Our basement may be a complete disaster, but dammit, we want it to be a well lit disaster!!

Ever since we bought our house in 2003, we've been fighting a bit of a losing battle in our basement. This narrow but long space plays quintuple duty on a daily basis. Storage, laundry, utility room, server closet, and shop. Oh how we long for the early days of a nearly empty basement area.

Though it may have been virtually empty when we bought our home, we quickly took care of that quality of the space and built some shelving for storage and a little work bench from plywood and 2x4s.


In the years that followed we've ended up with so much stuff down there that, at times, we can't effectively get around without having to act like we're on American Ninja Warrior! Wendy accuses me of treating it as my hoarder's lair. At times, she's not entirely wrong.

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Antique cast iron architectural hardware is beautiful, but what's the best way to protect it from rusting? Would you believe it may be as simple as giving it a bath?

I picked up this method of treating cast iron many years ago while working in a window restoration shop. It's a tried and true method for protecting cast iron from rust, but there isn't a whole lot of information about it on the Internet. So it's our hope this will go a long way to helping others looking to restore their windows or other cast iron hardware in a classic and lasting manner.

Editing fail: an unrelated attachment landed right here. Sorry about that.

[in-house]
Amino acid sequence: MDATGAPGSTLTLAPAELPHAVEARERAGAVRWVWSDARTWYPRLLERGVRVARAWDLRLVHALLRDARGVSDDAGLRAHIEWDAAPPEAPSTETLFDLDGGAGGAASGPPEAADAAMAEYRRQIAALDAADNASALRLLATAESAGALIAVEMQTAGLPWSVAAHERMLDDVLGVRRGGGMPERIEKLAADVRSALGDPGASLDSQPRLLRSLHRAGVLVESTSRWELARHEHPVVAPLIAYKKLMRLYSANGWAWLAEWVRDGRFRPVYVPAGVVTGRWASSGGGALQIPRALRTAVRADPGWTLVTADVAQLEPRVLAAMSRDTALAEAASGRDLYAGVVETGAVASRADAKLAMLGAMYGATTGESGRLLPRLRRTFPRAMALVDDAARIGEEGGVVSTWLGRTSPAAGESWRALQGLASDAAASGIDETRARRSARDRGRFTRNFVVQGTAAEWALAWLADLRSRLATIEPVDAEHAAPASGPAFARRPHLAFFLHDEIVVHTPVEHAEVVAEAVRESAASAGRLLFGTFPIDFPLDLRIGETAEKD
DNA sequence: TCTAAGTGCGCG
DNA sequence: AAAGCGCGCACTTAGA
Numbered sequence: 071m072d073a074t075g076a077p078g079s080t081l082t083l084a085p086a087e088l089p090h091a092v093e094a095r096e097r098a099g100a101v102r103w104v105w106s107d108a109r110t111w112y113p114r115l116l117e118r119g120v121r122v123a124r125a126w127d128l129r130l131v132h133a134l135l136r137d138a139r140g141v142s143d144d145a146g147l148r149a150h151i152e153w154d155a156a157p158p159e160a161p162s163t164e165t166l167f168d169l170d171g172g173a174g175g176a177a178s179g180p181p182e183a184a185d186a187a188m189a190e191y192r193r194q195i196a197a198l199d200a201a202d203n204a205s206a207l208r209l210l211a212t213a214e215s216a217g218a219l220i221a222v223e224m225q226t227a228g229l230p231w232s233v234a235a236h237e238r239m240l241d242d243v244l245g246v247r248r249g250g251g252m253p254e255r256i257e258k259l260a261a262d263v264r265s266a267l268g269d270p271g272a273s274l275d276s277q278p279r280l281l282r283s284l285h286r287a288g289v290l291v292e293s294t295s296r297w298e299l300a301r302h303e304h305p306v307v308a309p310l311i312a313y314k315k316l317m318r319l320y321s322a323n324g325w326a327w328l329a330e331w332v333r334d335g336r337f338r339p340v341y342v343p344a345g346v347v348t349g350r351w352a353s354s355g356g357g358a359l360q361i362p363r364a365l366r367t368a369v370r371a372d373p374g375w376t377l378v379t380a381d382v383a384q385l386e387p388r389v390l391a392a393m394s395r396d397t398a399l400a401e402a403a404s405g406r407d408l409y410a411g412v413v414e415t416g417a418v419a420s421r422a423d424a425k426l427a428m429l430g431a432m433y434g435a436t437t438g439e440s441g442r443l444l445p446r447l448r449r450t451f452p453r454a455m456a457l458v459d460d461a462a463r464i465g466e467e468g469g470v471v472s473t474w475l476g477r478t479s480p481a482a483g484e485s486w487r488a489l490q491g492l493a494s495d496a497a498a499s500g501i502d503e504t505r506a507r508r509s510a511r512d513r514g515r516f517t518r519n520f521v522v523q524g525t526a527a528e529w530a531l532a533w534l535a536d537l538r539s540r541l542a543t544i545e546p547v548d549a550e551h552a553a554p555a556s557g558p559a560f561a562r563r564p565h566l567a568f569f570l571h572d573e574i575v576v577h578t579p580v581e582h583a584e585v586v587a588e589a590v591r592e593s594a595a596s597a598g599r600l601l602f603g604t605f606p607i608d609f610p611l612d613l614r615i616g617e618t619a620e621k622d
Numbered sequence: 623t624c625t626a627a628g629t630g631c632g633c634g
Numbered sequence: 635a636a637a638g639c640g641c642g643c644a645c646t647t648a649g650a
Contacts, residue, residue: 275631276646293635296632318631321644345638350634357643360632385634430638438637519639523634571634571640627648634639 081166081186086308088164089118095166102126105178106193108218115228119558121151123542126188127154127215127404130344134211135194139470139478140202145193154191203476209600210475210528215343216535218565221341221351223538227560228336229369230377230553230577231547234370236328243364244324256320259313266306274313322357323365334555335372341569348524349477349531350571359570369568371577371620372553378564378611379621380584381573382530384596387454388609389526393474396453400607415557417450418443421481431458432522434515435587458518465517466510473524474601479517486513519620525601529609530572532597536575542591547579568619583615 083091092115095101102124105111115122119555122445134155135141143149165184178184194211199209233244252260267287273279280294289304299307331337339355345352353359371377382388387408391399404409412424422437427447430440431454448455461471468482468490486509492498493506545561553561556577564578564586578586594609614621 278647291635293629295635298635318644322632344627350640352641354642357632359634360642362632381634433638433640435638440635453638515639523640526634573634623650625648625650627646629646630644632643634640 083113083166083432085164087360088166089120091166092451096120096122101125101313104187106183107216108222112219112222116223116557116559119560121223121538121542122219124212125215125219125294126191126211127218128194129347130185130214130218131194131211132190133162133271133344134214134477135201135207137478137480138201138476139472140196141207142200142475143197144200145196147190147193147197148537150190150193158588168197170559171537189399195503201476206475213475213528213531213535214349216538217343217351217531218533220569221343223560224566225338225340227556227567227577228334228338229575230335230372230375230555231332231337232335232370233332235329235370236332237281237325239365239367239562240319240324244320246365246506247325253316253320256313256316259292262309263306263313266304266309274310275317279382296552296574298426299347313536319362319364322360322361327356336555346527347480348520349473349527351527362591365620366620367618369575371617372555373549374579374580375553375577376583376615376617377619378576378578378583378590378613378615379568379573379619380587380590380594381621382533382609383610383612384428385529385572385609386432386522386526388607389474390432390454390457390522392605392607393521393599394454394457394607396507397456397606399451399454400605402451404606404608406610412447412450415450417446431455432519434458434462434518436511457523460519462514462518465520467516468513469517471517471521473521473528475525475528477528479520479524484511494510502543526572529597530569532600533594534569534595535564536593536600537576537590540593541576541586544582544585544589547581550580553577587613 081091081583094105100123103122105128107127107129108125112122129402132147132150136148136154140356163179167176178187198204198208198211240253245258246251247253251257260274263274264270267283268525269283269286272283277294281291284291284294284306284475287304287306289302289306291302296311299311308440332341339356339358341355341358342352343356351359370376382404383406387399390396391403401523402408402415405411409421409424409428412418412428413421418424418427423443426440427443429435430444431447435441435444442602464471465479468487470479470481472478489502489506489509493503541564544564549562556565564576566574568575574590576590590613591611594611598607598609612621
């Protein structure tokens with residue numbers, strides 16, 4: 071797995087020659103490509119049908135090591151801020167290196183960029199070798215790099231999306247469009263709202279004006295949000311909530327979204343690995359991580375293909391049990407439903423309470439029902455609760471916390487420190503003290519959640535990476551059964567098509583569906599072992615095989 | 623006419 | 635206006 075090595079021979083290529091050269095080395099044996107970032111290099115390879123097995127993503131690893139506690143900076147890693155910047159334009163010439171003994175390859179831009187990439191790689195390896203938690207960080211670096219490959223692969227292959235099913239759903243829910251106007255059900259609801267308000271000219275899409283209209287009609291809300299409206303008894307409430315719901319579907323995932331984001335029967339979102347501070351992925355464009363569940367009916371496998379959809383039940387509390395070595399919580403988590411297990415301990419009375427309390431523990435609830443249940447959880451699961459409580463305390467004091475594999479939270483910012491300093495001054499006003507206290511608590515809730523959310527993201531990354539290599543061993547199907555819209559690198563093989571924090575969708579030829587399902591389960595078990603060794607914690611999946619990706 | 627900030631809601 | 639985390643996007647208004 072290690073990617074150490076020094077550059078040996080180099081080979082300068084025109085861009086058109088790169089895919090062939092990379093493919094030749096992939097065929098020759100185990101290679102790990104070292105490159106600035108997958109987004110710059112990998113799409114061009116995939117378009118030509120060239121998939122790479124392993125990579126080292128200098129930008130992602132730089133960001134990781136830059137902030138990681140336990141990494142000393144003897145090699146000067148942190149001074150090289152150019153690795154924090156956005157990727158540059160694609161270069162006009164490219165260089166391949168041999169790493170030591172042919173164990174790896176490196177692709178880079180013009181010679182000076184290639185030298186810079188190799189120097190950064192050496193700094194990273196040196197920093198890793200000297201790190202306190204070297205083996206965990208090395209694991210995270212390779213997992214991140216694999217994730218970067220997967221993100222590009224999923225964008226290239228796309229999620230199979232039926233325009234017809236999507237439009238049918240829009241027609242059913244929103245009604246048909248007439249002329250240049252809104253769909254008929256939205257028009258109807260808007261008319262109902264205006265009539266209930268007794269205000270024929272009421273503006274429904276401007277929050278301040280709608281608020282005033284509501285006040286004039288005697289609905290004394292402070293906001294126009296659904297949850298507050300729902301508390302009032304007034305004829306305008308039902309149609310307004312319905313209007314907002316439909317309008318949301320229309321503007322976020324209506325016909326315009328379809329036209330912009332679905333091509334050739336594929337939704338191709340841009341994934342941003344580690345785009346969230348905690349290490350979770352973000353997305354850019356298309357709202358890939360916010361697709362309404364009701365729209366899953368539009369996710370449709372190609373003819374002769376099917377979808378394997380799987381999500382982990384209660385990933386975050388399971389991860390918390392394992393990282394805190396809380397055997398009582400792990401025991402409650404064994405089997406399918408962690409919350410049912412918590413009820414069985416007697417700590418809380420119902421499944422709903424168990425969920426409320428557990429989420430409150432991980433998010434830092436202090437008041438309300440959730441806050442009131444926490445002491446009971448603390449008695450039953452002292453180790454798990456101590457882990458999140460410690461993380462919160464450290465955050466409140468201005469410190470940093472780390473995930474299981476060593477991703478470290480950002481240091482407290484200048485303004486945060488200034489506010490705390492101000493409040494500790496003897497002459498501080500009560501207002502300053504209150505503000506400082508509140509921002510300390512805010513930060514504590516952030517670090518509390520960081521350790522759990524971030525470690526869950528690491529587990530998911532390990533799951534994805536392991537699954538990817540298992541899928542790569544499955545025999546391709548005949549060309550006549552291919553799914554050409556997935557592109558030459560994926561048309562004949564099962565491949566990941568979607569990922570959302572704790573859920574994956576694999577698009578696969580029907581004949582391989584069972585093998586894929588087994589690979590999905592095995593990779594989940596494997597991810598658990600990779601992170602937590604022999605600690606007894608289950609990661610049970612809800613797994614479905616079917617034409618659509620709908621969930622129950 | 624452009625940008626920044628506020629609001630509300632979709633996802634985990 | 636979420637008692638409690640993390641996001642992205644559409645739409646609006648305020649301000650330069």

We're very fortunate to have several of our original windows almost completely intact. This means that our original cast iron sash pulleys are also in place and fully functional. However, they were all creatively disguised by many layers of paint, hiding their utilitarian beauty.

As beautiful as these original architectural details may be once stripped, they're also made of cast iron and are prone to rust. A few years ago we stripped and reinstalled several of our pulleys without protecting them from the elements. Even though they aren't directly exposed to water, the humidity in the air and blowing rain or snow is enough to leave surface rust on exposed portions of the iron. The end result after a few years in the window frame is a fine coating of the orange-brown patina we'd like to avoid, especially since it begins to stain the sash ropes.

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Back in November we shared or progress on our Window Restoration project, and then we got distracted by other projects.

This is the way of our home blogging and DIYing since the beginning. We start projects and then other projects take priority, so we stop projects. And sometimes we stop them for a long time. A really long time. And it makes Wendy angry with me. She doesn't understand why I stop them for so long, even though she does understand, but it doesn't mean she has to like it.